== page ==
The pressure to introduce new education technology worldwide is mounting as a new generation of learning software, free online tutorials, and better connectivity become more available.
In schools, iPads and other tablets are increasingly handed out to students to enhance their learning. Great promise is being shown by adaptive learning software. Students can learn at their own pace as these tools offer personalized education. For example, schools are allowed to take a more selective approach in acquiring learning resources by free online courses such as the KhanAcademy's mathematics classes.
According to The Economist, 2014 will see a big push to making coding and computer science part of the curriculum, with children encouraged to be producers rather than consumers of technology as Tony Wan, a staff writer at Edsurge predicts.
Jason Tomassini, a spokesperson for Digital Promise, a non-profit that works to spur innovation in education, predicts that 2014 will see less emphasis on one-to-one devices and more on educational outcomes. To that end, Mr. Tomassini's group is offering a new initiative in 2014, with funding from the Gates Foundation, called Teacher Wallets. Three hundred teachers will receive $6,000 each. With this they can buy digital courseware, and make their own decisions about the technology they use in the classroom. Connectivity in schools will continue to improve in 2014 but will not be as fast or cheap as it should be.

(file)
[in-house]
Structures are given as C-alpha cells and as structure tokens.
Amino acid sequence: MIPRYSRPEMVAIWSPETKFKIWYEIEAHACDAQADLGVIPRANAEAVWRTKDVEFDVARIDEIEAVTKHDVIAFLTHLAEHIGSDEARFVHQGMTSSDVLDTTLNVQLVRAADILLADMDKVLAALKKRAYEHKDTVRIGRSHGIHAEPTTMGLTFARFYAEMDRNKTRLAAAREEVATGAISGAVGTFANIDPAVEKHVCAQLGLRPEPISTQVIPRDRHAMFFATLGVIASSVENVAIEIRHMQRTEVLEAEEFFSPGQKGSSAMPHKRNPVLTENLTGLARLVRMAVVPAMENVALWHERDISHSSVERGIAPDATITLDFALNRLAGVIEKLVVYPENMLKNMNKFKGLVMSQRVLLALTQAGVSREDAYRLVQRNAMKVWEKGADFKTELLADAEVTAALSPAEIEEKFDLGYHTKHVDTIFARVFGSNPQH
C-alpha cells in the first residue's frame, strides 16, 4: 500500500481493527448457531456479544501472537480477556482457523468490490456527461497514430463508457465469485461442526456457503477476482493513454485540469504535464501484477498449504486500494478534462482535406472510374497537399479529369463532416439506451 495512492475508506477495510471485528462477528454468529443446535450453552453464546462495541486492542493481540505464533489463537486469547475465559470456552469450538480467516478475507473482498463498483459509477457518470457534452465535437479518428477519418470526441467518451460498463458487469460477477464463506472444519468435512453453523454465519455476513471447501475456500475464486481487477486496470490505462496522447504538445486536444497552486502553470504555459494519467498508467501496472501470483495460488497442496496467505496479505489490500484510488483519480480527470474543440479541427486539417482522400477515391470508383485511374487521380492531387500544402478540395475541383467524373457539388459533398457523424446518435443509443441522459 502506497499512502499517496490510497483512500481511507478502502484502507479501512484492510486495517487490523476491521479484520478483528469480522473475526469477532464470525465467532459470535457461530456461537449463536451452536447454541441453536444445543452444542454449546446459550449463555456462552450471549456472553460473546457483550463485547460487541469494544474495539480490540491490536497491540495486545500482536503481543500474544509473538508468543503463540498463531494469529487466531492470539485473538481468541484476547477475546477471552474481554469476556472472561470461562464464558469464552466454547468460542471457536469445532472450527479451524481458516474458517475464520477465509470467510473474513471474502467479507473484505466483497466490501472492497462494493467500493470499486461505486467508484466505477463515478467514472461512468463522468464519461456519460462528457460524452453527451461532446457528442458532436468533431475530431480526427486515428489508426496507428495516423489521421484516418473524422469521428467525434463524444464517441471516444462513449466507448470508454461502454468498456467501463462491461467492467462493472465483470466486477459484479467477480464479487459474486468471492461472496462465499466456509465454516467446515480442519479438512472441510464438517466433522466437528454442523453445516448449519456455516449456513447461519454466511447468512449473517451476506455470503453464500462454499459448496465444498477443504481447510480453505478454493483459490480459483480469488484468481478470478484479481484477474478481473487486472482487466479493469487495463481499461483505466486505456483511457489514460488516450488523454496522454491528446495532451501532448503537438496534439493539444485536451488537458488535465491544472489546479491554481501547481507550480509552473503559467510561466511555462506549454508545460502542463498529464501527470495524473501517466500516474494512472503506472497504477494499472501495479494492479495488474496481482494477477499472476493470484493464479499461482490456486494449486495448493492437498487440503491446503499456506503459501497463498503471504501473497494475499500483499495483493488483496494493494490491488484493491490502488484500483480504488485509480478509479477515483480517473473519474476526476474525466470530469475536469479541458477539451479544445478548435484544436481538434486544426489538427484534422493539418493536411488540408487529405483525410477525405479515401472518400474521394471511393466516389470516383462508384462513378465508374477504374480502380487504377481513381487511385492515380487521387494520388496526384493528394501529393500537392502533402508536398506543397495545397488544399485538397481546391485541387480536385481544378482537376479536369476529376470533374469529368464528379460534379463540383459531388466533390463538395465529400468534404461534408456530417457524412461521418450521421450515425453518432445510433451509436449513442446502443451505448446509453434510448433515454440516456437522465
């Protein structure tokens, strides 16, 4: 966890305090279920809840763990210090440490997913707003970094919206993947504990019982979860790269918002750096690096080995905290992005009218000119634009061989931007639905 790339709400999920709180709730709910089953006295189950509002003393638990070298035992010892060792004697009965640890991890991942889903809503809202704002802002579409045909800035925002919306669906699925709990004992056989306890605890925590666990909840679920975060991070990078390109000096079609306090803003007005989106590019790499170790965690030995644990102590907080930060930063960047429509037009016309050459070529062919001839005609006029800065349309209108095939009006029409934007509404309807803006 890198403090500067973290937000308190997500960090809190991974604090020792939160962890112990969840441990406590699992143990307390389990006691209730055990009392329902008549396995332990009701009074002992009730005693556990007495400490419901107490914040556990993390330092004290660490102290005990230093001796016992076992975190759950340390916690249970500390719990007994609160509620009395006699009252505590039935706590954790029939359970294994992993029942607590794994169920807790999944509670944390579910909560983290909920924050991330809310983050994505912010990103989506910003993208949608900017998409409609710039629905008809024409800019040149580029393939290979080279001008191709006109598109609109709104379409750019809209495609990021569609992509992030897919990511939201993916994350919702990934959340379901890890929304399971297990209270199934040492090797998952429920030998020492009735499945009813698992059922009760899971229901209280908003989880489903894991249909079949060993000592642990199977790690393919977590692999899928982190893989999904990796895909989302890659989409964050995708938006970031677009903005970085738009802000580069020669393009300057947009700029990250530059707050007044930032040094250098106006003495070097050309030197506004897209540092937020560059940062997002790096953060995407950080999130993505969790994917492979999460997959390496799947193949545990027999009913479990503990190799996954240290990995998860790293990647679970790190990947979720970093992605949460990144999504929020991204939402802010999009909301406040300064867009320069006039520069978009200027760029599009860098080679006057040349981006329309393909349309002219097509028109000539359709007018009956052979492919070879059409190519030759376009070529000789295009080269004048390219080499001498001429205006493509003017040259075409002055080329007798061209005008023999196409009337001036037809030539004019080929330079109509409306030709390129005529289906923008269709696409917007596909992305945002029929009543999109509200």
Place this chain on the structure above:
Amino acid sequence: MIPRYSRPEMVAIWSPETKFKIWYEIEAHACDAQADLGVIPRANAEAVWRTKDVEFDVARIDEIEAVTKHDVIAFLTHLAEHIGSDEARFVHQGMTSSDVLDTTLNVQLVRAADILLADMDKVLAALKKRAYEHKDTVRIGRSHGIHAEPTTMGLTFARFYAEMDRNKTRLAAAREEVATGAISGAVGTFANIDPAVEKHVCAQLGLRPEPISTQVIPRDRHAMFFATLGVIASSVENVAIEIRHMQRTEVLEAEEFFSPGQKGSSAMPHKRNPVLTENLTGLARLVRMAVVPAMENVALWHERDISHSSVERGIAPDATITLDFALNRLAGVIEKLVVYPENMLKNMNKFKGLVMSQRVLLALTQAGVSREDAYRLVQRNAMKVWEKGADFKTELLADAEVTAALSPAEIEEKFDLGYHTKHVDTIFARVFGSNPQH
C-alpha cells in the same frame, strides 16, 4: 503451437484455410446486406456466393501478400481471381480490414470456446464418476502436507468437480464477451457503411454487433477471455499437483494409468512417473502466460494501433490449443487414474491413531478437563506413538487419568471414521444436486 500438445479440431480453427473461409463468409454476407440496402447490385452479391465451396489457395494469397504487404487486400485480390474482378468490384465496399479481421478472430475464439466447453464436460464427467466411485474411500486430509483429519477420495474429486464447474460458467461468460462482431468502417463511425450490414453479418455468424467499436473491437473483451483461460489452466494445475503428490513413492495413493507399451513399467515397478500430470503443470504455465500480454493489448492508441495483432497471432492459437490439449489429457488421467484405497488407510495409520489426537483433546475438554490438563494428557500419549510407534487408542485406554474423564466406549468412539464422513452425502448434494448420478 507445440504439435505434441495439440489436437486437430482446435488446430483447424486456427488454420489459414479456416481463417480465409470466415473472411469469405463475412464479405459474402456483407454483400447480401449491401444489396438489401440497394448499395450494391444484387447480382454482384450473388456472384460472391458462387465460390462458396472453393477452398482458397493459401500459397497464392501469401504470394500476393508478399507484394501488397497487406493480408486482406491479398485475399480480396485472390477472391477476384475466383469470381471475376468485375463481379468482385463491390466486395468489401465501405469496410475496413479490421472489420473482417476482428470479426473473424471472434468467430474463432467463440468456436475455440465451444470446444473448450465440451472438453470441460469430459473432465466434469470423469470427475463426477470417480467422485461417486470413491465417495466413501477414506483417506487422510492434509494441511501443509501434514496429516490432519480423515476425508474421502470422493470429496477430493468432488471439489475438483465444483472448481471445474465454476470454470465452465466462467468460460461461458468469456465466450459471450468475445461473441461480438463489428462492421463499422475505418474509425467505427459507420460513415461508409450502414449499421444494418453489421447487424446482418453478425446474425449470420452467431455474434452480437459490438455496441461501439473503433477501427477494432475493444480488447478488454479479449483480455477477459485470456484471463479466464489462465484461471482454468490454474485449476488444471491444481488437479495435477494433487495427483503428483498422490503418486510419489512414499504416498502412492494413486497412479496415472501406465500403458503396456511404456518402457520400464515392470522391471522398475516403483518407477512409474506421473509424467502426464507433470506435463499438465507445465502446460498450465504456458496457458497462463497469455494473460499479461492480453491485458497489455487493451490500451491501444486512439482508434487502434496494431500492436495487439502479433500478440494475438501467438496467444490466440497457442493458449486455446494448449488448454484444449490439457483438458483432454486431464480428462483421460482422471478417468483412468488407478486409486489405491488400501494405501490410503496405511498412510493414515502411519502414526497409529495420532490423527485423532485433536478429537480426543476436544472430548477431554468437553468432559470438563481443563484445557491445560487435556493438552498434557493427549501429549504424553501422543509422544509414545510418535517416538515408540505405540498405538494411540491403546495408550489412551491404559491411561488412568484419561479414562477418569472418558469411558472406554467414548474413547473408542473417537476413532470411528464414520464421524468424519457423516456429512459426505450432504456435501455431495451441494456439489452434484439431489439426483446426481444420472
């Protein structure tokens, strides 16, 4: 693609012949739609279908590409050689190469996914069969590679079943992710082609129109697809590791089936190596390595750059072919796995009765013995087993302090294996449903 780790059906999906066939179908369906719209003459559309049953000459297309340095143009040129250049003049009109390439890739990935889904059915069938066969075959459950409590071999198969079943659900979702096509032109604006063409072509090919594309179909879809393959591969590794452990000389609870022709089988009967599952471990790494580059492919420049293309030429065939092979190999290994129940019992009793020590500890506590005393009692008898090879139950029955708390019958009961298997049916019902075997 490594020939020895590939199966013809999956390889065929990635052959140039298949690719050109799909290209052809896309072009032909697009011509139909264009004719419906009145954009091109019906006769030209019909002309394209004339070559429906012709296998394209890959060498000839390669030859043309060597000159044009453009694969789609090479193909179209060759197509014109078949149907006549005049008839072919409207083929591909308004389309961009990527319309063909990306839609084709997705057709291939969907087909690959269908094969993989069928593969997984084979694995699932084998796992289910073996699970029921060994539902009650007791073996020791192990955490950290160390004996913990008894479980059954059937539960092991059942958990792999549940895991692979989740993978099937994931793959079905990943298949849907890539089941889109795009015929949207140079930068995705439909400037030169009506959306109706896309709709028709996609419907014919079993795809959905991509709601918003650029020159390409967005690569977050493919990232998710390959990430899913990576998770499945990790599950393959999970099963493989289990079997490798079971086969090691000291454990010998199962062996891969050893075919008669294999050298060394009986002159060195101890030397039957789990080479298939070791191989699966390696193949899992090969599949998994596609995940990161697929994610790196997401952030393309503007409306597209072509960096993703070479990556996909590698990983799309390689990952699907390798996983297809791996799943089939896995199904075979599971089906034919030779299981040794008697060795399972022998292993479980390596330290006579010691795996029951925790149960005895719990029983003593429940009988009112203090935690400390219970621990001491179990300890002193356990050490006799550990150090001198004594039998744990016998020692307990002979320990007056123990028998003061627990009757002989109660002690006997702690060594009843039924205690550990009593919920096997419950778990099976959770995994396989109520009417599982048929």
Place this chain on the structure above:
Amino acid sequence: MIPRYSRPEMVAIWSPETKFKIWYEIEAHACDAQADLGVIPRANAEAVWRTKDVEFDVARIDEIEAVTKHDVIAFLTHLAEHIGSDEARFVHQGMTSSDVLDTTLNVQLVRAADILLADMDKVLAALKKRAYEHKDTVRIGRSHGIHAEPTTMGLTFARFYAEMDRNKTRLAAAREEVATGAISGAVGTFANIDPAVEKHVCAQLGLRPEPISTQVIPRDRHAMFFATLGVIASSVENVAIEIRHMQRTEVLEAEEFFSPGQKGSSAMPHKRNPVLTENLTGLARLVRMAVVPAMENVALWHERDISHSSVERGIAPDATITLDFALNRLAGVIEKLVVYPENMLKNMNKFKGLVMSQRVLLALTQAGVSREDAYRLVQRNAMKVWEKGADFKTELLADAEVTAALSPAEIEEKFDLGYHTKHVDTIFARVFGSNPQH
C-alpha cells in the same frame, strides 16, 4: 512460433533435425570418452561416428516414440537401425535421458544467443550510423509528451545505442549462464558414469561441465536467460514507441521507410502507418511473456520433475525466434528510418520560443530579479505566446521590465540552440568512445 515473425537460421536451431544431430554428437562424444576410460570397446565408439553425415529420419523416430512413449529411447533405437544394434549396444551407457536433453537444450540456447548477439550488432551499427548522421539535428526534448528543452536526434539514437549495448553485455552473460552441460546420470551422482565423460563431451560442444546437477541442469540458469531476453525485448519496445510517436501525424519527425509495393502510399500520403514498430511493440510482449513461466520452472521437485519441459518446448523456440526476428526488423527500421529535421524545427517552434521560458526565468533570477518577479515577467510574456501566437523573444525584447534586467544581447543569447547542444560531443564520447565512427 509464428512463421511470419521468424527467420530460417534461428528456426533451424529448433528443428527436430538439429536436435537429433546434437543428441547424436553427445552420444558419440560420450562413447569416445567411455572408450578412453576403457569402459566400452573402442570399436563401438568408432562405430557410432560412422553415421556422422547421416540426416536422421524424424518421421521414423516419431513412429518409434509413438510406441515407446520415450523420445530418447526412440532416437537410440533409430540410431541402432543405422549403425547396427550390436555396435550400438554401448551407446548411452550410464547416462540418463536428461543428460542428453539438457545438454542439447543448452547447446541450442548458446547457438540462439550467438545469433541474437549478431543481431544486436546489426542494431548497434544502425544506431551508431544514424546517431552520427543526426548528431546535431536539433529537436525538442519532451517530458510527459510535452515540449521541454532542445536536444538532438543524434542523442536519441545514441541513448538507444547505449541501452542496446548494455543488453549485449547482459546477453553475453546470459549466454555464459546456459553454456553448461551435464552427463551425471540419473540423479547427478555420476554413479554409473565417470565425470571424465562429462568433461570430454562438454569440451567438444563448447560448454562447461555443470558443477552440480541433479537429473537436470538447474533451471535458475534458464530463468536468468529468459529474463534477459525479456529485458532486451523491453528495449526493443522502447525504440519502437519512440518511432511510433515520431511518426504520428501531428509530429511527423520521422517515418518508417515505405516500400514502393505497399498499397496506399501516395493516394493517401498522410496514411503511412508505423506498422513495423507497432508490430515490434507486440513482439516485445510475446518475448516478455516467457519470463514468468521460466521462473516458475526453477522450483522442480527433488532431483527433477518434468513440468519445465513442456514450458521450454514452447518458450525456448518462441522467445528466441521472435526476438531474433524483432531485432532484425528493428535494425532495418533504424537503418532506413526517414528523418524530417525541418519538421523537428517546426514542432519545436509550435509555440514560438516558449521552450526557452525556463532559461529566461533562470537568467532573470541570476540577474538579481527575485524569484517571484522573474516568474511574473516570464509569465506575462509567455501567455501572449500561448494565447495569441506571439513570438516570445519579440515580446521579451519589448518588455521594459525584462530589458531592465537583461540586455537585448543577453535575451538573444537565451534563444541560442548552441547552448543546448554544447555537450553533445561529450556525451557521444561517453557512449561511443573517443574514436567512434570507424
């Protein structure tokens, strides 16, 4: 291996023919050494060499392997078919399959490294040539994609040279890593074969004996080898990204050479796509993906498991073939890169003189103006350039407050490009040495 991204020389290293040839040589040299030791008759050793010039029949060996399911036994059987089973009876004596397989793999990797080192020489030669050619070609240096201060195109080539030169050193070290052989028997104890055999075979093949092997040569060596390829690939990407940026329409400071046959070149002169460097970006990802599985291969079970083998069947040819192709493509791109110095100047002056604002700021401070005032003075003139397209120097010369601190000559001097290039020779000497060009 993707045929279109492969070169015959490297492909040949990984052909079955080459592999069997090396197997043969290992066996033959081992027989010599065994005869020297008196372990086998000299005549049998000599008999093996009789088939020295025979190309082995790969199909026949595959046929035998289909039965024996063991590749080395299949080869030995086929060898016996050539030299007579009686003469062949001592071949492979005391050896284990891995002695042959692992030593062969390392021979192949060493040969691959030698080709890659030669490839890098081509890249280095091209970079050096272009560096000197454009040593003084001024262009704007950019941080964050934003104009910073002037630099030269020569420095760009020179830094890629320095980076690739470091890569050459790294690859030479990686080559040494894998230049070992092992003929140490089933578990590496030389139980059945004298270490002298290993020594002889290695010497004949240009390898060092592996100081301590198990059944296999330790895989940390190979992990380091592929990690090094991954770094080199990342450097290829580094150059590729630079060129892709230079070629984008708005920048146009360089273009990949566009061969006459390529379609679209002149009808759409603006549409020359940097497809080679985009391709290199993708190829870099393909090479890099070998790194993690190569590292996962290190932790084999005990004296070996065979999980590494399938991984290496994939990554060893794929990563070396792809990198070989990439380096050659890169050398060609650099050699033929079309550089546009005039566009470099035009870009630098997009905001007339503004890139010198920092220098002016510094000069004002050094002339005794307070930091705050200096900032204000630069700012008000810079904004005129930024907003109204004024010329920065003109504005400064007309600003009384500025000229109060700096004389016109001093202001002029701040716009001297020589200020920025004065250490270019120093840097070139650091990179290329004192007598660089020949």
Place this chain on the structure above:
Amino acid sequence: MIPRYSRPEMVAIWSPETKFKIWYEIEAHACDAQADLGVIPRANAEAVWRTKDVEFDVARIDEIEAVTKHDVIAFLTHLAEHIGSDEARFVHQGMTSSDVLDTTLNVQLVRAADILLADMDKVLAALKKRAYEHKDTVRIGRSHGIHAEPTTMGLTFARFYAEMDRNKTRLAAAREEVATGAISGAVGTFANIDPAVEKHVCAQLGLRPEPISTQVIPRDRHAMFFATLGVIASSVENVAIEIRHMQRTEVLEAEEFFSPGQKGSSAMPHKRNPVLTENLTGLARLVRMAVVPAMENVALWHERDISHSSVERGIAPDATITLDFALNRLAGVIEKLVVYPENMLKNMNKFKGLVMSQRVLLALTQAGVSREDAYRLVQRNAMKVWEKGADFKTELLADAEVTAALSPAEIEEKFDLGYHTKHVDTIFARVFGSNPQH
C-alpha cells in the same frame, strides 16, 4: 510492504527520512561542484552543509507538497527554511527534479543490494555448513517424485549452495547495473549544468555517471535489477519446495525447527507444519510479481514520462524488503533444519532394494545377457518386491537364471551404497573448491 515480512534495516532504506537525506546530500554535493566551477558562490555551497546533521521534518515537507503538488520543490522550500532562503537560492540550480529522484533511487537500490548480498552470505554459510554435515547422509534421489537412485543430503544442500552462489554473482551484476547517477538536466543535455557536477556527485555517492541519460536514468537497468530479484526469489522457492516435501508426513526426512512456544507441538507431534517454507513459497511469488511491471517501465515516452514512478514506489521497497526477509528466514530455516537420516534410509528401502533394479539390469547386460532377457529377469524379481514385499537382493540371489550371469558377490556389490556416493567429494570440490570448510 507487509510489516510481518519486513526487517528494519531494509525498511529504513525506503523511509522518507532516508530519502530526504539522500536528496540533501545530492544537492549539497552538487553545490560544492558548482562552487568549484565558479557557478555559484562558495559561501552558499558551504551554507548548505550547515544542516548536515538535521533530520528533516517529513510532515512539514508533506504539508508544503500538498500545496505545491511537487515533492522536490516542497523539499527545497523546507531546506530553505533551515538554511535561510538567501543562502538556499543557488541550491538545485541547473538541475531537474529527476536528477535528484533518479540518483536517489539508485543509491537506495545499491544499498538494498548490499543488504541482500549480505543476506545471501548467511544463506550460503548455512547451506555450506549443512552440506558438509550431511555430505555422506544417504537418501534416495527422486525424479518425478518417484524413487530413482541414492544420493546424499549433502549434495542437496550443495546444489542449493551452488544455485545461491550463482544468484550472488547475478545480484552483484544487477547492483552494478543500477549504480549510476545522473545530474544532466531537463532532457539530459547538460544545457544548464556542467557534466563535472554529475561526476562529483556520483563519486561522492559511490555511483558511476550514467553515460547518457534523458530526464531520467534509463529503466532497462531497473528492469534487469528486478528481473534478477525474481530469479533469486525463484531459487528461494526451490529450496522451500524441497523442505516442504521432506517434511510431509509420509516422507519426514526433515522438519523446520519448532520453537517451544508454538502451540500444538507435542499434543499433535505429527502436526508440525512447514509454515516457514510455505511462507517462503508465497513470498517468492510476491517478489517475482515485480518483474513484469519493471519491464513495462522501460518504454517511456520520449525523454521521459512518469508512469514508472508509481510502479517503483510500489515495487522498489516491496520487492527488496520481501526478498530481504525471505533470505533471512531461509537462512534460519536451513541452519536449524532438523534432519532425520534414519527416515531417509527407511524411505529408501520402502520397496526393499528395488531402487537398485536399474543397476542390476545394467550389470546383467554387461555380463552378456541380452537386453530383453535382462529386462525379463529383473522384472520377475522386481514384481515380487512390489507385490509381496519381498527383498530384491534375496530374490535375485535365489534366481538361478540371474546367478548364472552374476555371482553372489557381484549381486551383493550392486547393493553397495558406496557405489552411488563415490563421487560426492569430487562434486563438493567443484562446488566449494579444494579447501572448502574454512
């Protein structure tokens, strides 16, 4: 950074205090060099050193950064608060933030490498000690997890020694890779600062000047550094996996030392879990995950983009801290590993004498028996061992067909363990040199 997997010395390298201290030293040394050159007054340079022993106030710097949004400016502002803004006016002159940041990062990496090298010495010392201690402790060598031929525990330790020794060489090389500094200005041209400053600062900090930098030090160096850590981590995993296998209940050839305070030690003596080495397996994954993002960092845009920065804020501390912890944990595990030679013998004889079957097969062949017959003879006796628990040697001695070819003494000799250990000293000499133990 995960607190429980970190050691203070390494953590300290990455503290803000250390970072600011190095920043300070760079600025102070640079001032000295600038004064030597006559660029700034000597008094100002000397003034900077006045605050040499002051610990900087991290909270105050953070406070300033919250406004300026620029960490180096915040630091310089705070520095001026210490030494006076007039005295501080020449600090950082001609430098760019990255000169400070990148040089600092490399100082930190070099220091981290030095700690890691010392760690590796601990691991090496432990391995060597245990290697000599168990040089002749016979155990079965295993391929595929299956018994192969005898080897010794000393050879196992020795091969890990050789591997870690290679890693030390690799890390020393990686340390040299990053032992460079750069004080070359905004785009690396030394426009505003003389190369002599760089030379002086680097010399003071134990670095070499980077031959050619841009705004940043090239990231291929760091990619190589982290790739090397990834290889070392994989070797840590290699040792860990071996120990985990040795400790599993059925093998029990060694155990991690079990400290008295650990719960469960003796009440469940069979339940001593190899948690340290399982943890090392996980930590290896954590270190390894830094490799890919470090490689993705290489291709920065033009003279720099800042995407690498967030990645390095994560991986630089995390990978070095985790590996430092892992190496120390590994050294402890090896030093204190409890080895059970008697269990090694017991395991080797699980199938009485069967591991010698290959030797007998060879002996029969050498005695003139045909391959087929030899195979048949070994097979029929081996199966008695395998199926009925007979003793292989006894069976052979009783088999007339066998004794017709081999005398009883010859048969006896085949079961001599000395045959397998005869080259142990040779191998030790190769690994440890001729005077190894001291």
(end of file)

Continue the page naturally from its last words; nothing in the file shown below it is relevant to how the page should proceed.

New education technology has also penetrated higher education. Many new online classes are being offered by universities to registered students, as well as to members of the public. These free degree classes have become more widely known as "massive open online courses" (MOOCs), and will continue to cause much debate in 2014. Online platforms such as Coursera offering university courses are putting pressure on the old university business model.
In the longer term, as the use of these credits grows internationally, a global market in higher-education credits may emerge. For low-ranking universities these developments will squeeze profits, as they struggle with a perfect storm of declining enrollments, downward pressure on tuition fees and cuts in funding.
Additionally, billions have been spent in moving out of textbooks and into digital content by big publishers such as McGraw-Hill Education, Houghton Mifflin Harcourt and Pearson.
If 2013 was a year of big investments in online university-course providers such as Udacity, Coursera and EdX, 2014 will be the "show me" year, says Betsy Corcoran, the boss of EdSurge, which promotes education technology from its base in California. She says there will be a "winnowing out" of small companies as investors ask tough questions about how they are going to build a business.
Technology will cause disruptive shifts in education and fast, according to Michael Moe, a founder of GSVcapital. No sign of waning is shown by forces driving education technology. Mr. Moe highlights ubiquitous computing, better internet access, more "digitally native" teachers and the need for lifelong education in a rapidly changing economy. These trends, he says, will put more technology in the classroom in 2014 and beyond. "It's like gravity, it's going to happen."